In the simulation, at about the same time as in the experiment, the beginning vaporization causes steam to enter the supply line. The continuous black line shows the corresponding height of the liquid level. As soon as the steam reaches the level of the lower header (dashed black line) the steam expands also into the return line. Because the model does not account for pressure losses, the liquid levels are the same and the continuous and dashed black lines overlap. The simulated steam range reaches a maximum 24 min after pump shutdown, which coincides quite well with the experiment.
Up to 30 min after pump shutdown, the simulated results are close to the experimental values. After that, the simulation results for the supply line decrease, whereas in the experiment the steam stays constant within the considered time span. There are two main reasons for the deviation of the simulation from the experiment. (1) From the beginning of the vaporization process, steam leaving the meander tube penetrates a layer of residual liquid in the upper header. If the velocity of the steam drops below a certain value, gravity starts to dominate the interfacial friction and liquid trickles into the meander tube where it vaporizes within a short distance from the junction. As a consequence, an asymmetric pressure loss distribution of the steam flow within the meanders is established, and the height of the liquid level within the supply line is correspondingly lower. This leads to a higher steam range in the supply line. (2) The increasing concentration of glycol leads to an increasing concentration of the glycol content in the vapor phase. Both effects are not reflected by the model.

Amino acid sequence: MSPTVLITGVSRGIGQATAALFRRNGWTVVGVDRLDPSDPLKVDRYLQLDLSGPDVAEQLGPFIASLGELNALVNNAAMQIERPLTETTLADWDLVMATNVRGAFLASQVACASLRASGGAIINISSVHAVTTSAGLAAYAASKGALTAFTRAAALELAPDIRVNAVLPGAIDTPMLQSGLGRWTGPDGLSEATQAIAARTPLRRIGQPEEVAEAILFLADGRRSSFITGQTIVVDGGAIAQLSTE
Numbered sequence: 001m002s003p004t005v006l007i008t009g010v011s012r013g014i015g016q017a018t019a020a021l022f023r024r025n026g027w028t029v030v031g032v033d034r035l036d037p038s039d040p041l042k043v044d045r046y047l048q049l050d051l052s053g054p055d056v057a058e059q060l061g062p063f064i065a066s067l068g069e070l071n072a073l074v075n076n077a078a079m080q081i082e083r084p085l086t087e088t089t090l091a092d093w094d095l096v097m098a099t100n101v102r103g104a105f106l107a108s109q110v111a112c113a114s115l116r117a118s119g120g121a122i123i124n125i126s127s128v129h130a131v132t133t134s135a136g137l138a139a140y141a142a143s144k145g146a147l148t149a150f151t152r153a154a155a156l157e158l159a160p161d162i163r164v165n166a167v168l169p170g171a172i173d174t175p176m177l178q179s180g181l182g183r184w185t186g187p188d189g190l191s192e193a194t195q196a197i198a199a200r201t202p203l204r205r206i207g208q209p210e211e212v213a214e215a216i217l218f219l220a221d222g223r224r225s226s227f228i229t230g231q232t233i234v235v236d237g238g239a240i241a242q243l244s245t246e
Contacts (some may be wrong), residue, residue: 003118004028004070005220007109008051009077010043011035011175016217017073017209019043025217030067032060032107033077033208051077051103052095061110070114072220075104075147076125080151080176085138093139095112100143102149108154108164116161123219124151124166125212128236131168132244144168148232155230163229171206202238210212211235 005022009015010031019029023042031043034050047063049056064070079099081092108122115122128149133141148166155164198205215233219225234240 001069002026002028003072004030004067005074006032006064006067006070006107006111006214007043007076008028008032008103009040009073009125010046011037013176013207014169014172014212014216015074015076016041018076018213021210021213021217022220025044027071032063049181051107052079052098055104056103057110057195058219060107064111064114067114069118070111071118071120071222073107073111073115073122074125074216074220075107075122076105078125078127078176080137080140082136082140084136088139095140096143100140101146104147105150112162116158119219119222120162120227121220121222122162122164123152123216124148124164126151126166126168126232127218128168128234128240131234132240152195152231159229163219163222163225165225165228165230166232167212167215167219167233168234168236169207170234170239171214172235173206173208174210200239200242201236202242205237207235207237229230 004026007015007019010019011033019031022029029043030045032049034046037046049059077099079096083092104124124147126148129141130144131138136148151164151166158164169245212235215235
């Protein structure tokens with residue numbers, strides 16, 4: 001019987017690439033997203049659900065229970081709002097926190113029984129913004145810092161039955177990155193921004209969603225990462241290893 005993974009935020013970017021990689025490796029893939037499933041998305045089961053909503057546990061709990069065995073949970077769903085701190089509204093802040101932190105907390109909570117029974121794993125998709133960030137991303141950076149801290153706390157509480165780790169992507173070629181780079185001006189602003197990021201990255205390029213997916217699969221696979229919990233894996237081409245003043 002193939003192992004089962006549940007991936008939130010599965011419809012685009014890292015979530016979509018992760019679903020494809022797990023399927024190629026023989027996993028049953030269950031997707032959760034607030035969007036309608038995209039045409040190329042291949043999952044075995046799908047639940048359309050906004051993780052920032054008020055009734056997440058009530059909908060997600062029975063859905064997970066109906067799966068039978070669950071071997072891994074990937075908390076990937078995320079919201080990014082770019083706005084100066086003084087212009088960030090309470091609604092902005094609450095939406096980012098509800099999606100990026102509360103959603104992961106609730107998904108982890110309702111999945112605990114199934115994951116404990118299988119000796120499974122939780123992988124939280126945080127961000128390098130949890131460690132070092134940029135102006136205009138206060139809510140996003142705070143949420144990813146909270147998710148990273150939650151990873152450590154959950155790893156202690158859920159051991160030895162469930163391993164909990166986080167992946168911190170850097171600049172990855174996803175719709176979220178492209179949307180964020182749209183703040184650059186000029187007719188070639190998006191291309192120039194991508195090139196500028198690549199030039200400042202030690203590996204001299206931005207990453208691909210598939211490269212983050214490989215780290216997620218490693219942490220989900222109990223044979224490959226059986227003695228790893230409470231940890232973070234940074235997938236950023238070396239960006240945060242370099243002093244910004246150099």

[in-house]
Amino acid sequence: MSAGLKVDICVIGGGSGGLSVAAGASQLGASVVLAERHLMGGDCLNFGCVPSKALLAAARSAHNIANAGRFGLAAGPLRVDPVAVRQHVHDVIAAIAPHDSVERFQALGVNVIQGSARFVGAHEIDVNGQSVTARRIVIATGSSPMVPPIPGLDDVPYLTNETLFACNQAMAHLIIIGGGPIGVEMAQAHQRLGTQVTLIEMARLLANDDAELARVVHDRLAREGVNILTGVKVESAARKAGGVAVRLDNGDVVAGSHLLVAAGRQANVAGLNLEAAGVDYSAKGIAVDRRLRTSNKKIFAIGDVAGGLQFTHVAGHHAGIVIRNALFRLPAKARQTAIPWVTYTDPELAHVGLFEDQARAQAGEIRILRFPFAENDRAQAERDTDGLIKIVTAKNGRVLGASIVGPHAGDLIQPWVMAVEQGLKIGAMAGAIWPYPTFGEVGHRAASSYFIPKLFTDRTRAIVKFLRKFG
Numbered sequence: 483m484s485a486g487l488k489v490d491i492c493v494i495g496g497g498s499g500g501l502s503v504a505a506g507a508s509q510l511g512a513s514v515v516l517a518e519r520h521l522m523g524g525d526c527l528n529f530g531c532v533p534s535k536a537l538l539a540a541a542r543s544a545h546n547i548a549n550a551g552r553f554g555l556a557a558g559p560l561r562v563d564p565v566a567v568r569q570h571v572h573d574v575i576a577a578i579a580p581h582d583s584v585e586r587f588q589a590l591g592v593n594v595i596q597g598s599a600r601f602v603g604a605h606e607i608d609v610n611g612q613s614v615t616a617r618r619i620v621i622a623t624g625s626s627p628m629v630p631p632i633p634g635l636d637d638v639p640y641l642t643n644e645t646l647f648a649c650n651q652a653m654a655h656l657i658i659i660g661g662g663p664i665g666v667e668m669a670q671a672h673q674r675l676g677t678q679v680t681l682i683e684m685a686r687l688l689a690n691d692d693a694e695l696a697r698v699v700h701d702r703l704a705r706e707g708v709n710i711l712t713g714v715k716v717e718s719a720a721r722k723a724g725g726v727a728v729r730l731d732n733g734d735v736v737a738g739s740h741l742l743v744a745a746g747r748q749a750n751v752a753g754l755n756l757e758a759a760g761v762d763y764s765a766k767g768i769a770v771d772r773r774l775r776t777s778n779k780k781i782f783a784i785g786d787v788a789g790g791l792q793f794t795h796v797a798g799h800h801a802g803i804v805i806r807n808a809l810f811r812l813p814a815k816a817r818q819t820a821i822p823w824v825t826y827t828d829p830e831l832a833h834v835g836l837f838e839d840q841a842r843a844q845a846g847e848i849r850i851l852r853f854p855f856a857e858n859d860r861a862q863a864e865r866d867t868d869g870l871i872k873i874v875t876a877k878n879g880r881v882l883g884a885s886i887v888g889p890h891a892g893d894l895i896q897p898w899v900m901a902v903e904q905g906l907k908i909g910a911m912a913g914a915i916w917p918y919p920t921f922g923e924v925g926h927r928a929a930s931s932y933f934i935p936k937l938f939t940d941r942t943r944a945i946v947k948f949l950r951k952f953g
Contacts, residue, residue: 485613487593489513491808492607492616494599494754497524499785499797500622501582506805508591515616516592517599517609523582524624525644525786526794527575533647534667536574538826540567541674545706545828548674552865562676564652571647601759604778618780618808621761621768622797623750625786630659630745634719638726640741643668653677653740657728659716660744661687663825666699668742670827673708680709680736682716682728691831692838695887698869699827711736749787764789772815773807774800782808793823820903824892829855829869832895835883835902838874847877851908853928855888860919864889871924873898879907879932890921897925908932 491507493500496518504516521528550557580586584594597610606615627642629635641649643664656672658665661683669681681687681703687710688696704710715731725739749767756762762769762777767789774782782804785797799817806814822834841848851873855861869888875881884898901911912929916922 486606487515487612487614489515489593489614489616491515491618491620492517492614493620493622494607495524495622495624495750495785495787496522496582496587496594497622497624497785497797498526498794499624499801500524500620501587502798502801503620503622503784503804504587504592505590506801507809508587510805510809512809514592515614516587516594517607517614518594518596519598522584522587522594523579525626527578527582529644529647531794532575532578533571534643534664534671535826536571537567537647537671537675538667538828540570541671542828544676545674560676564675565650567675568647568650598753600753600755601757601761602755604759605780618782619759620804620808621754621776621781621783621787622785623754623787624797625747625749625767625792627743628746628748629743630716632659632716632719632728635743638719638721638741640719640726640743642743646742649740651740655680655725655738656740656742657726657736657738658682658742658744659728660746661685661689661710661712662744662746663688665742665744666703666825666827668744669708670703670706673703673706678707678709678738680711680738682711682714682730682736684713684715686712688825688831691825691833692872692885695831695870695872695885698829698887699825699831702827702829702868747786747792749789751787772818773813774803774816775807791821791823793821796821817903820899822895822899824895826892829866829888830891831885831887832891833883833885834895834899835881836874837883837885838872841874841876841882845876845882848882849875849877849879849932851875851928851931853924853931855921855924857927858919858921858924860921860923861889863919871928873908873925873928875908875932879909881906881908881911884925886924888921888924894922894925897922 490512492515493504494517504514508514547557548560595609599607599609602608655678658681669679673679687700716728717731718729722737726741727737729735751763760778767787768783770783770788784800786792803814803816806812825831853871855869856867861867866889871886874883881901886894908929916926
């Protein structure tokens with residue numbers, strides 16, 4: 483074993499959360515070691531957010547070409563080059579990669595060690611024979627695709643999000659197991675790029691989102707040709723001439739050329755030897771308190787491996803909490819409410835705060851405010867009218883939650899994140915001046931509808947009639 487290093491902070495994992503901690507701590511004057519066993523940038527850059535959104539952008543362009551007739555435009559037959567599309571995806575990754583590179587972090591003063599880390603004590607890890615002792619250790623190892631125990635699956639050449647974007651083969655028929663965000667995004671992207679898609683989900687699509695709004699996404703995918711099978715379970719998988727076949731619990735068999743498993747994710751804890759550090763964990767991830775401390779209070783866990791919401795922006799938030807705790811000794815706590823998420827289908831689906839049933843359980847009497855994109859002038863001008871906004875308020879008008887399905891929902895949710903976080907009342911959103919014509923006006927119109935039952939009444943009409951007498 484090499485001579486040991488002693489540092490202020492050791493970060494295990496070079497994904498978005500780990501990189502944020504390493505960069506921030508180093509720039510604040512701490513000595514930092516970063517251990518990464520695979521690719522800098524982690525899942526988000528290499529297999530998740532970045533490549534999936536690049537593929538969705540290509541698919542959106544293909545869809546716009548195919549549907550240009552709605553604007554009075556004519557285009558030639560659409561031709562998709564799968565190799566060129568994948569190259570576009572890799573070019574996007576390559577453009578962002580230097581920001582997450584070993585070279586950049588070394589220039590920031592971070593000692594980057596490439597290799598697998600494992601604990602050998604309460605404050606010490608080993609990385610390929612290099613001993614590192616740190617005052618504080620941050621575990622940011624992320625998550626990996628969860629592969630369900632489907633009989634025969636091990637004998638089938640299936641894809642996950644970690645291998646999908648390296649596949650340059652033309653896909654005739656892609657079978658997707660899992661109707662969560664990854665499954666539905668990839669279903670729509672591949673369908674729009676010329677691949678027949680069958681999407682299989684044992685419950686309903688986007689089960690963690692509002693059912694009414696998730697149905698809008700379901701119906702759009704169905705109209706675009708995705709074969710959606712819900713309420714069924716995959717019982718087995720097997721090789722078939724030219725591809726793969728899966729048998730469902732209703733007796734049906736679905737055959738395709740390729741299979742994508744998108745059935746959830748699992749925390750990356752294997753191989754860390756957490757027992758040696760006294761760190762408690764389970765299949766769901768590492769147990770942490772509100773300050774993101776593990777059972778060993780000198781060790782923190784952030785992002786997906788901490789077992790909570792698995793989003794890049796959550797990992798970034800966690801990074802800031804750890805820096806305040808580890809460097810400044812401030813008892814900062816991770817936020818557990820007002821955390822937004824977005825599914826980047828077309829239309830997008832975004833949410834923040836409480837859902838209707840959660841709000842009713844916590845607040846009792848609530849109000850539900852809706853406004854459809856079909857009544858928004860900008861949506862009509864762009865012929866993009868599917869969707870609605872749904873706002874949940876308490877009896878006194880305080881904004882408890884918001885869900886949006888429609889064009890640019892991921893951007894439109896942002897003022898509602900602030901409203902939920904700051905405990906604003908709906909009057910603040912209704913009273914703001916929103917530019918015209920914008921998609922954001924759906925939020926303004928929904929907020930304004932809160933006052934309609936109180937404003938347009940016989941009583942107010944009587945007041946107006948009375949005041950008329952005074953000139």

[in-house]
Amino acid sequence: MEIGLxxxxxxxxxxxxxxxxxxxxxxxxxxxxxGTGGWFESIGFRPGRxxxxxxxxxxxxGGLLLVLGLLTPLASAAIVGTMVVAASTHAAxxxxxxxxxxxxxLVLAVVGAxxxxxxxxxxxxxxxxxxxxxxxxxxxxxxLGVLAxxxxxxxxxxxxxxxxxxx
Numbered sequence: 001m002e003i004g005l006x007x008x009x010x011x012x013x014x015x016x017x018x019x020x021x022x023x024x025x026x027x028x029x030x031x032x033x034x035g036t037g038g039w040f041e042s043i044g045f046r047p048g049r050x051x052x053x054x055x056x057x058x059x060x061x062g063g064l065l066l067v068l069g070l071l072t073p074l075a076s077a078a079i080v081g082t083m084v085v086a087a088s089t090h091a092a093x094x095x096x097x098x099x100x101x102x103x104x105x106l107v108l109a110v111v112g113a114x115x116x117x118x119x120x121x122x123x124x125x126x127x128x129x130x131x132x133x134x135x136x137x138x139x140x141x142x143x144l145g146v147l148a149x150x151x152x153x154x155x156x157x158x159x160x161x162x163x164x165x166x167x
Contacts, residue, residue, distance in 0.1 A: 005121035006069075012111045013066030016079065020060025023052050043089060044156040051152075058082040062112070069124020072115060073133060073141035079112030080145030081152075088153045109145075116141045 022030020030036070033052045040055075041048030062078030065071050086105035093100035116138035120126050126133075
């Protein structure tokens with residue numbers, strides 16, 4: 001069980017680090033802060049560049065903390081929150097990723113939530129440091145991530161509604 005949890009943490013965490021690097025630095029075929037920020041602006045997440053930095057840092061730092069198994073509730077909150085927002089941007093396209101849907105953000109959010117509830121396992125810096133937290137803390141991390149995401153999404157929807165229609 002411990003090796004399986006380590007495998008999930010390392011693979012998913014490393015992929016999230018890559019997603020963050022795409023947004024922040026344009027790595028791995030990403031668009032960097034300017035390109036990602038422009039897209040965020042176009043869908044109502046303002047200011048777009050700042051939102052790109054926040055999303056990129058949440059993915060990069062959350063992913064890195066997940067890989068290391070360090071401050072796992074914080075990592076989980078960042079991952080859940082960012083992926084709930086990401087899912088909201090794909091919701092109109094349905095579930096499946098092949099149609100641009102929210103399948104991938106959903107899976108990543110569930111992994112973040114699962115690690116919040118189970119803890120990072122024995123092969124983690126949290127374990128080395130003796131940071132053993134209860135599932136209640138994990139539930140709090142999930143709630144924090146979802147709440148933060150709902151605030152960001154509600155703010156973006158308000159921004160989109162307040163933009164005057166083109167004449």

Figure 12b shows the simulated steam power, the heat losses and the thermal power dissipated into the steam- filled parts of the supply and return lines. The difference between steam power and dissipated thermal power corresponds to the heating-up of the pipe walls from their initial temperature to saturation temperature as the steam front propagates. The difference is quite high because the initial temperatures of the supply and return lines are only 49 °C and 38 °C. Because the pressure and the saturation temperature increase while the steam range increases (see Figure 12d,e), the heat flow dissipated into the pipes is higher than the heat losses into the ambient. The difference is accumulated in the pipes. The steam range increases until the heat losses, the dissipated heat flow, and the steam power coincide.